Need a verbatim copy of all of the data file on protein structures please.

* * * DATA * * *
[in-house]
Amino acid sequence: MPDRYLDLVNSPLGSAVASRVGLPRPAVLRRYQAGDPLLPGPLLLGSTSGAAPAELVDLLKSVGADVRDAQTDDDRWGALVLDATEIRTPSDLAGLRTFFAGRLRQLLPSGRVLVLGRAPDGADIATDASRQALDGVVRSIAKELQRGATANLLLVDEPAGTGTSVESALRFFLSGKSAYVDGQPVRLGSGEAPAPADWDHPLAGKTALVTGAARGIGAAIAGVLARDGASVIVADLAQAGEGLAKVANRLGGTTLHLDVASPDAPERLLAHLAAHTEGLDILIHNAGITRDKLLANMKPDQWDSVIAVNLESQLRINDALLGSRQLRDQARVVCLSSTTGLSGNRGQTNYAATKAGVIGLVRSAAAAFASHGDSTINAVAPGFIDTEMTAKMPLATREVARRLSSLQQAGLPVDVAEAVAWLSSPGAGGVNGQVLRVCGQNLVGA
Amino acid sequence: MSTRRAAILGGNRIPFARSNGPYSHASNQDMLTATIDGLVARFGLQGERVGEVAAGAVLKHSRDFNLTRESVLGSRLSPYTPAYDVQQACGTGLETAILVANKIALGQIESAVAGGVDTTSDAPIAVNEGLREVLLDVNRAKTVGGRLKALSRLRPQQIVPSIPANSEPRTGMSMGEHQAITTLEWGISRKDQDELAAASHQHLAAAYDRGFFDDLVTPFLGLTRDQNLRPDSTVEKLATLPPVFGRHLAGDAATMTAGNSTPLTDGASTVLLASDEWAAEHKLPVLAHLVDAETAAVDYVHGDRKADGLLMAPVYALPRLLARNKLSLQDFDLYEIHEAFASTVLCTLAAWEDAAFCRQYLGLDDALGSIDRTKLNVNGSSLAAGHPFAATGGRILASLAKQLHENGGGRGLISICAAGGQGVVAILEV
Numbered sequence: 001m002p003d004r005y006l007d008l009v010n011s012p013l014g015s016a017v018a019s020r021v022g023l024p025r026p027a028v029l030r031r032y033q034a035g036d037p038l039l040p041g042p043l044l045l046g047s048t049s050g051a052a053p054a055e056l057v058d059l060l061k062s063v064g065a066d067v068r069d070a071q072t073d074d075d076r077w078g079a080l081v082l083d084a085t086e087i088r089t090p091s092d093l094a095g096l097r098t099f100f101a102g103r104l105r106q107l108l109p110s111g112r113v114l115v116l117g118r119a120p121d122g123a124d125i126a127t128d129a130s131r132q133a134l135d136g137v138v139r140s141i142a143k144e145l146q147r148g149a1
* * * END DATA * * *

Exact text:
[in-house]
Amino acid sequence: MPDRYLDLVNSPLGSAVASRVGLPRPAVLRRYQAGDPLLPGPLLLGSTSGAAPAELVDLLKSVGADVRDAQTDDDRWGALVLDATEIRTPSDLAGLRTFFAGRLRQLLPSGRVLVLGRAPDGADIATDASRQALDGVVRSIAKELQRGATANLLLVDEPAGTGTSVESALRFFLSGKSAYVDGQPVRLGSGEAPAPADWDHPLAGKTALVTGAARGIGAAIAGVLARDGASVIVADLAQAGEGLAKVANRLGGTTLHLDVASPDAPERLLAHLAAHTEGLDILIHNAGITRDKLLANMKPDQWDSVIAVNLESQLRINDALLGSRQLRDQARVVCLSSTTGLSGNRGQTNYAATKAGVIGLVRSAAAAFASHGDSTINAVAPGFIDTEMTAKMPLATREVARRLSSLQQAGLPVDVAEAVAWLSSPGAGGVNGQVLRVCGQNLVGA
Amino acid sequence: MSTRRAAILGGNRIPFARSNGPYSHASNQDMLTATIDGLVARFGLQGERVGEVAAGAVLKHSRDFNLTRESVLGSRLSPYTPAYDVQQACGTGLETAILVANKIALGQIESAVAGGVDTTSDAPIAVNEGLREVLLDVNRAKTVGGRLKALSRLRPQQIVPSIPANSEPRTGMSMGEHQAITTLEWGISRKDQDELAAASHQHLAAAYDRGFFDDLVTPFLGLTRDQNLRPDSTVEKLATLPPVFGRHLAGDAATMTAGNSTPLTDGASTVLLASDEWAAEHKLPVLAHLVDAETAAVDYVHGDRKADGLLMAPVYALPRLLARNKLSLQDFDLYEIHEAFASTVLCTLAAWEDAAFCRQYLGLDDALGSIDRTKLNVNGSSLAAGHPFAATGGRILASLAKQLHENGGGRGLISICAAGGQGVVAILEV
Numbered sequence: 001m002p003d004r005y006l007d008l009v010n011s012p013l014g015s016a017v018a019s020r021v022g023l024p025r026p027a028v029l030r031r032y033q034a035g036d037p038l039l040p041g042p043l044l045l046g047s048t049s050g051a052a053p054a055e056l057v058d059l060l061k062s063v064g065a066d067v068r069d070a071q072t073d074d075d076r077w078g079a080l081v082l083d084a085t086e087i088r089t090p091s092d093l094a095g096l097r098t099f100f101a102g103r104l105r106q107l108l109p110s111g112r113v114l115v116l117g118r119a120p121d122g123a124d125i126a127t128d129a130s131r132q133a134l135d136g137v138v139r140s141i142a143k144e145l146q147r148g149a1